Serving Professional Relationships

Turn your thanks into giving. 70 ways to act on your gratitude.

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FallThanks

“As we express our gratitude, we must never forget that the highest appreciation is not to utter words, but to live by them.”

– John Fitzgerald Kennedy

I have to admit it; I’m one of those people that doesn’t wait until after Thanksgiving to start my holiday season. I’m singing carols and thinking about Christmas decorations already. I know it’s wrong since Thanksgiving hasn’t passed yet. I just can’t seem to help myself. I know that Thanksgiving deserves better.

Thanksgiving is a tremendous holiday marked with amazing food and thoughts of gratitude and community. If you want to put the spirit of Thanksgiving into action right now, below are 70 simple ways to get started. Why wait?

70 Ways to Live Your Gratitude

  1. Send encouragement to someone taking care of an aging parent.
  2. Rake your neighbor’s leaves.
  3. Donate coats and blankets you won’t use often.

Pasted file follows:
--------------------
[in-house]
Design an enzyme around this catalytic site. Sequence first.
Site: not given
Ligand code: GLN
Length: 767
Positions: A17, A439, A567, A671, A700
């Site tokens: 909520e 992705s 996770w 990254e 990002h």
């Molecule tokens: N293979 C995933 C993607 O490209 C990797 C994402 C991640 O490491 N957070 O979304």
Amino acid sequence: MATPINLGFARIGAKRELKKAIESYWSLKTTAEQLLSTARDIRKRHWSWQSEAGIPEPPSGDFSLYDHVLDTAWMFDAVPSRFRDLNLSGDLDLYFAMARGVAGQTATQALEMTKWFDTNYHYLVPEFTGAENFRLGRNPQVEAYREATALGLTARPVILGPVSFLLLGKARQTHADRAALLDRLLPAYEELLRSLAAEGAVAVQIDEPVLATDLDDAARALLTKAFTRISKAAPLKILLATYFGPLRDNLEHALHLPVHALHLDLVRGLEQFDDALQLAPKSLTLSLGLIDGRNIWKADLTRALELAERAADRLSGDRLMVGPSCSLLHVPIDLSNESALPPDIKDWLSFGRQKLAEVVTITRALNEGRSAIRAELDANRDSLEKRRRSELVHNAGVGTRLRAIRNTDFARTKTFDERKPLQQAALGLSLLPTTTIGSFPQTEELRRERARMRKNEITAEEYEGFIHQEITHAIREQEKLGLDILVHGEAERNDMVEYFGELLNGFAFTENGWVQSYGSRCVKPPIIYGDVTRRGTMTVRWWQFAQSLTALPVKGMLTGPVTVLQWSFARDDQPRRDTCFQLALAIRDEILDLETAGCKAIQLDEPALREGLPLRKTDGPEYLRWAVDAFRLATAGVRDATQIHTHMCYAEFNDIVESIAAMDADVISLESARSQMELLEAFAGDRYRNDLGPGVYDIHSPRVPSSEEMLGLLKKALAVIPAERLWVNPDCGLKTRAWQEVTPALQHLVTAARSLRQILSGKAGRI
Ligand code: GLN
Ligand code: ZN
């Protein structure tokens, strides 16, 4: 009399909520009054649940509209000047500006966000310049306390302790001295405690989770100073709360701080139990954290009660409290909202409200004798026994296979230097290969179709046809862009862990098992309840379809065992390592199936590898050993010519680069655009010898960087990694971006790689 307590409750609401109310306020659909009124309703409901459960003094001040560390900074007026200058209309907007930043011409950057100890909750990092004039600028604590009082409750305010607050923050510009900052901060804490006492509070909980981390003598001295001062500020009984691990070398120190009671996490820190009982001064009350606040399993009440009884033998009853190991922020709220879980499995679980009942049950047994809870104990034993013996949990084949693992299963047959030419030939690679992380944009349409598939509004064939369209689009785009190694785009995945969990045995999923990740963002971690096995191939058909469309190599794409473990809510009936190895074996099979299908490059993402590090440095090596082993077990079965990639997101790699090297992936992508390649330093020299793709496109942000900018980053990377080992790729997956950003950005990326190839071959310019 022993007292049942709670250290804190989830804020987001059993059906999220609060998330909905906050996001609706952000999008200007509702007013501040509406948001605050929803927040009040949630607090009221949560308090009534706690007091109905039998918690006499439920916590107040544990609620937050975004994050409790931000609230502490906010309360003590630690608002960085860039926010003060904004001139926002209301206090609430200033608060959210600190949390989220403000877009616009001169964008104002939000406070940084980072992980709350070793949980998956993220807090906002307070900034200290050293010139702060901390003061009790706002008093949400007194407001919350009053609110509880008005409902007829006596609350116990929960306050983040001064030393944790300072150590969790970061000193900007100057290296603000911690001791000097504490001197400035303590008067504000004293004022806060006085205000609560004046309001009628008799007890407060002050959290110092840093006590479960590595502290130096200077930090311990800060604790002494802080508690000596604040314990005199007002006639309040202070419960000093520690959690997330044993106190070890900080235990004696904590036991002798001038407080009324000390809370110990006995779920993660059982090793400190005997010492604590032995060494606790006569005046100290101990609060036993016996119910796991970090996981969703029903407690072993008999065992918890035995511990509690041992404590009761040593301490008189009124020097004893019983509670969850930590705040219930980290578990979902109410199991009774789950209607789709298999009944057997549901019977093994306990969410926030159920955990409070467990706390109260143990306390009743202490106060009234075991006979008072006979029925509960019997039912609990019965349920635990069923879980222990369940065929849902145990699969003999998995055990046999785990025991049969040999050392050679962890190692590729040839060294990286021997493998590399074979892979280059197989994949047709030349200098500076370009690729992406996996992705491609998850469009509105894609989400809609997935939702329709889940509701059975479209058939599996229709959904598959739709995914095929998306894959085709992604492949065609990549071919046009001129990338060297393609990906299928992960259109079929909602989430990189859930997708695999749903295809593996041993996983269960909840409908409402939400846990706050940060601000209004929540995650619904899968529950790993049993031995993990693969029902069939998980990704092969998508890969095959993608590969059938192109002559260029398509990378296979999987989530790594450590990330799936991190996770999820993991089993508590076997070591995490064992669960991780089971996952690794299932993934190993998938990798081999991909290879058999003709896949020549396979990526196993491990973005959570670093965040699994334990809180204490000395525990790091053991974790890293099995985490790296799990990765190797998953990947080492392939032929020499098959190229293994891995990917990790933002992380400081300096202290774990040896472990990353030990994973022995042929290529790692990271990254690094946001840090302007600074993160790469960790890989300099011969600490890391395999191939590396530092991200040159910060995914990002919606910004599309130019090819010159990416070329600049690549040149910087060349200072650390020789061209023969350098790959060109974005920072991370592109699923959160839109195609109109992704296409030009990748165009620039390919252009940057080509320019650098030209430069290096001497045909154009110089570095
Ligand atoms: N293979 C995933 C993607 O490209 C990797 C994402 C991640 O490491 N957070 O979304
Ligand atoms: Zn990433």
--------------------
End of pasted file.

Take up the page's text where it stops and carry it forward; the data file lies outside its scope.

4. Register to be an organ donor.
  5. Be bold enough to ask for help. Let someone else experience the gift of giving.
  6. Get to know someone on a deeper level. Who did they love? What did they lose? What matters most to them?
  7. Be a connector. Introduce two people with mutual interests or career pursuits.
  8. Multiply the impact of your donations by joining a giving circle.
  9. Share this post to give others ideas on gratitude in action.
  10. Brighten a teacher’s day. Send in an unsolicited treat or thank you.
  11. Treat your spouse to an unexpected display of passion.
  12. Do online research about the distinction between charity and philanthropy.
  13. Encourage someone to share their faith with you in a place where it is normally kept quiet (work, school, etc).
  14. Grant someone the freedom to parent differently than you without judgment.
  15. Bring a neighbor an unexpected gift.
  16. Register to vote or correct your voting information.
  17. Offer an elderly pet owner peace of mind by suggesting you care for their beloved pet whenever they are unable.
  18. Choose to share something shameful or painful in your past if it will help another feel less alone.
  19. Rally around an acquaintance going through a difficult time. Sometimes it’s the most unexpected acts of love that touch us the most.
  20. Act! Move beyond sympathetic thoughts. Vow to do one small thing (donate, advocate, etc.) to address a problem that seems hopeless.
  21. Cut a neighbor’s grass.
  22. Donate school supplies.
  23. Offer support to a grieving soul long after the funeral.
  24. Share a piece of wisdom that only comes with age.
  25. Make a call and check on an elderly family member.
  26. Laugh long and hard. Laugh loud enough for others to hear you.
  27. Give someone a gift you made yourself.